Most Disappointing Fight:
Gunship - I could easily call Gunship my least favorite fight, but it fails so much that it deserves its own category. I think what's most disappointing about this fight is that it sounded awesome when they mentioned it at Blizzcon, but it turned out to be completely face roll. I think they were trying to make another fight like Karazhan's Chess encounter, but Gunship had several problems Chess didn't. First, a large number of players spent a lot of time sitting around waiting for adds to spawn. I was so bored on one of my kills I spent the entire time trying to see how high I could get on the horde boat as an Alliance Player. The second problem was that all of the mechanics lacked teeth. While the boss and some of the adds could hit hard there was much to worry about for the raid as a whole. Heck, you could stand in void zones and no one would care. Finally there was no reasonable way to fail the encounter other then a mistake by a key player like a tank.
Getting Immortal - Wrath of the Lich King is littered with horror stories about the Immortal achievement. I can probably only look back on it fondly because I eventually completed it while it was still relevant, but it was a monumental effort. We spent weeks on it, and had countless near misses with single deaths KT or some other stupid boss. We finally got it on April 1st just a couple of weeks before Ulduar was released and earned the T7 Meta mounts. It was an awesome feeling to complete that achievement, and clearly showed LoE was an awesome guild despite raiding half the time that most other guilds did.
A lot of people like to say Immortal was all about RNG. I agree that there is a decent chunk of RNG involved, but to say that it's all about RNG is just an excuse. When we failed one week, we figured out how not to fail like that again next week. If we couldn't trust some one to do what was needed they got sat. Overall, this achievement taught me to think about my own survival. I probably wouldn't be the raider I am today without it.
What Blizzard did right in WotLK:
Adding hard modes - The balance and design of Hard Modes hasn't always been right, but the concept is a home run in my opinion. I am not one of those people who thinks you have to be hardcore to see content, and with hard modes it's possible to provide difficult content for those interested in the progression race and regular content for those that just want to see content without being hardcore.
Balancing on the fly - Before WotLK the philosophy seemed to be that balancing should primarily happen when you release a new expansion. As a moonkin I would look at every patch hoping for a little buff here or a little buff their, but they rarely came. In WotLK the philosophy clearly changed, and it was for the better in my opinion. I love that, Blizzard was willing to make adjustment through out the expansion when they were needed. Now that we are on the door step to Cataclysm, I'm not worried that not all of the issues have been fixed. I'm now confident that Blizzard will continue to look at the problems and make adjustments when necessary.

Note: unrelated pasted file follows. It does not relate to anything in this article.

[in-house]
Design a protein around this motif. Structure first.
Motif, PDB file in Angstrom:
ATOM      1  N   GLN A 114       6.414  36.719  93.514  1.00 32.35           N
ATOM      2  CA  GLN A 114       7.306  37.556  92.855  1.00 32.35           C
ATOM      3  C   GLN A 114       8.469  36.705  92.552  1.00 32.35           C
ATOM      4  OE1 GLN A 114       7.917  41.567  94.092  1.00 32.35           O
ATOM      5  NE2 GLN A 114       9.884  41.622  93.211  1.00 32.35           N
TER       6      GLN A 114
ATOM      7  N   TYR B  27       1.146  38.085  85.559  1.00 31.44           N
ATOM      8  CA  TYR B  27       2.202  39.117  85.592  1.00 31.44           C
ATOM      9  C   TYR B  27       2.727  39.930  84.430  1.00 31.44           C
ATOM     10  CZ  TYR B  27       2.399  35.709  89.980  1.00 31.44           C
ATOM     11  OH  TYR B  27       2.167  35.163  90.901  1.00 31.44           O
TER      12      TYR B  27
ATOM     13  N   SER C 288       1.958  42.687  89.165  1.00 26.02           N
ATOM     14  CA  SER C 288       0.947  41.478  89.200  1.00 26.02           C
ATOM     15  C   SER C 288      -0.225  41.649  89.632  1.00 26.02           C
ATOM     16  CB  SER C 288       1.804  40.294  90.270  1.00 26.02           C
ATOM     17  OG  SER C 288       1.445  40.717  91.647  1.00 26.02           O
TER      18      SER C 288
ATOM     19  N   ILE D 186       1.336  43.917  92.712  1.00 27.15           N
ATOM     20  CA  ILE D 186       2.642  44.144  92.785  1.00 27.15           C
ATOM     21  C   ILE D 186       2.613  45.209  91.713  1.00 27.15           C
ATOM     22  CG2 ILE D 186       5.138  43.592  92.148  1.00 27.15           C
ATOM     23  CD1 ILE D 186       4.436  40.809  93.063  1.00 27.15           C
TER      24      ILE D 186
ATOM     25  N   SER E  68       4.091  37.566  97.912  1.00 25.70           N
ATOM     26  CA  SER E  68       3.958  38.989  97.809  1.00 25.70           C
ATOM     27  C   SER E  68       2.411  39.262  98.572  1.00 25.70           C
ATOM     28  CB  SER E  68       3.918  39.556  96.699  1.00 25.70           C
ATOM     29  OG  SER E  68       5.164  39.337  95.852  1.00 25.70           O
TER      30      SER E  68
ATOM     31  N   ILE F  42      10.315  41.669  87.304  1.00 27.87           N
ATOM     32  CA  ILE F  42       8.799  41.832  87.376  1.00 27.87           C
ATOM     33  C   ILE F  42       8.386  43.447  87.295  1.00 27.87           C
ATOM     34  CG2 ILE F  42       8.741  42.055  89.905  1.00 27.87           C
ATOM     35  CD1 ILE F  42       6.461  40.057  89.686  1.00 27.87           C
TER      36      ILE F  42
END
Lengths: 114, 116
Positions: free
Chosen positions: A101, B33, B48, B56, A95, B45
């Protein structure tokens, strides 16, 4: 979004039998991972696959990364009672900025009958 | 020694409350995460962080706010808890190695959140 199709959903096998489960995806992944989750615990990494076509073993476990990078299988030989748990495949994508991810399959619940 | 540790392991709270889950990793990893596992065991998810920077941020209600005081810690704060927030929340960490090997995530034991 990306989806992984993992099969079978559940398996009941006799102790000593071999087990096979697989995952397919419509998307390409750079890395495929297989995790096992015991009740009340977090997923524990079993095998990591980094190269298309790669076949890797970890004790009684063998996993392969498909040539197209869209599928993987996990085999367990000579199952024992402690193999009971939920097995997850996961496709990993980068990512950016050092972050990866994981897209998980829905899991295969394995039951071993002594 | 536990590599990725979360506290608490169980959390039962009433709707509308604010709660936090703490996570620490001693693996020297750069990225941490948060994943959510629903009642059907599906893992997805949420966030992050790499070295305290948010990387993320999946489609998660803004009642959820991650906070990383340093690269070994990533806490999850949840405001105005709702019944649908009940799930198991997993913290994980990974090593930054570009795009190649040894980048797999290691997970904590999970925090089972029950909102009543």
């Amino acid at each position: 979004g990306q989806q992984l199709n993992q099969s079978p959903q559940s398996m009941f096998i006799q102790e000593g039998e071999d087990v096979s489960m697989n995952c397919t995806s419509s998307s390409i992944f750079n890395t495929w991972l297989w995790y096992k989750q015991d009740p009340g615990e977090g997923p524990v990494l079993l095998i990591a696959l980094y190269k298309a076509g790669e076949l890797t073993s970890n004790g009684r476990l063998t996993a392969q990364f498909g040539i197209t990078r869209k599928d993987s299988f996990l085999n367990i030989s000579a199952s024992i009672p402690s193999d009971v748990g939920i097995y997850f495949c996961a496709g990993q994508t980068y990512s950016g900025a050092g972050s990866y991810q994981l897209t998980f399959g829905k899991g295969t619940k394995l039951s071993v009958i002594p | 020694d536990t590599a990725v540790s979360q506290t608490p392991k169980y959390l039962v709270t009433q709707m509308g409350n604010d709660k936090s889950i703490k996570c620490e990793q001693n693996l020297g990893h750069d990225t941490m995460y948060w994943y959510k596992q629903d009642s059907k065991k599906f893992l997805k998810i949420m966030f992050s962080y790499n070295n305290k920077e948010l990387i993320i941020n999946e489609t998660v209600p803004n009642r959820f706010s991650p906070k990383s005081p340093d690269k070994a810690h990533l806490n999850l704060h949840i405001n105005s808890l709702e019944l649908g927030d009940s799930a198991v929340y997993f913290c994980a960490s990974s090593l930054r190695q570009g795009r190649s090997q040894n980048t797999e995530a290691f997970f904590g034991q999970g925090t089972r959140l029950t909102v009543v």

What Blizzard did wrong in WotLK:
Wimping out on Hard modes - As I said above I think hard modes are a great addition to the game, but towards the end of the expansion Blizzard seemed to get lazy in their design. In Ulduar, doing a hard mode actually changed the fight. In most cases the bosses gained new abilities or a mechanic was added that changed the way the fight worked. After Ulduar most of the hard modes could be summed up in one statement: "The boss hits harder and more adds spawn." With a couple of exceptions the ICC strats didn't change much from normal mode to hard mode. So, all hard modes meant was that you were wiping to the thing you killed last week for 13 more ilevel points.
No sense of progression in WotLK raids - I'm having a hard time describing what I mean. In TBC, guilds progressed from Kara, Mag, and Gruul to SSC and TK, and then to Hyjal and BT. A guild could progress at its own pace and there was a purpose for completing content before moving on to the next one. In WotLK, once Ulduar was released Naxxramus was dead. As much as ToC sucked, it pretty much halted relevant Ulduar progression, and so one. Once a new patch comes out there is little incentive to go back and see the old content in anyway that is challenging.
Now, I'm not suggesting that Blizzard should go back to the big TBC style attunement quests, but I would like to see something that forces guilds and/or players to progress rather then start again as if the 3 month break they just took didn't happen. I think it would be possible to create a reasonable system with guild wide attunements and possibly restricting them to hard modes, but I think it's a little to easy to get into the highest level of progression currently.
I do have a couple posts planned for the time between now and the release of Cataclysm. I hope to have a new gear guide up before the release of Cataclysm. My raid guide should also be fairly easy to update for level 85 and patch 4.0.3. I also have a post on Leveling guides written that I will post once I know a little bit more about the various 80-85 being sold. I'm also thinking about a couple of other pieces like "Blizzard's unfinished Moonkin business" and a "Cata preview" from my experiences on the Beta.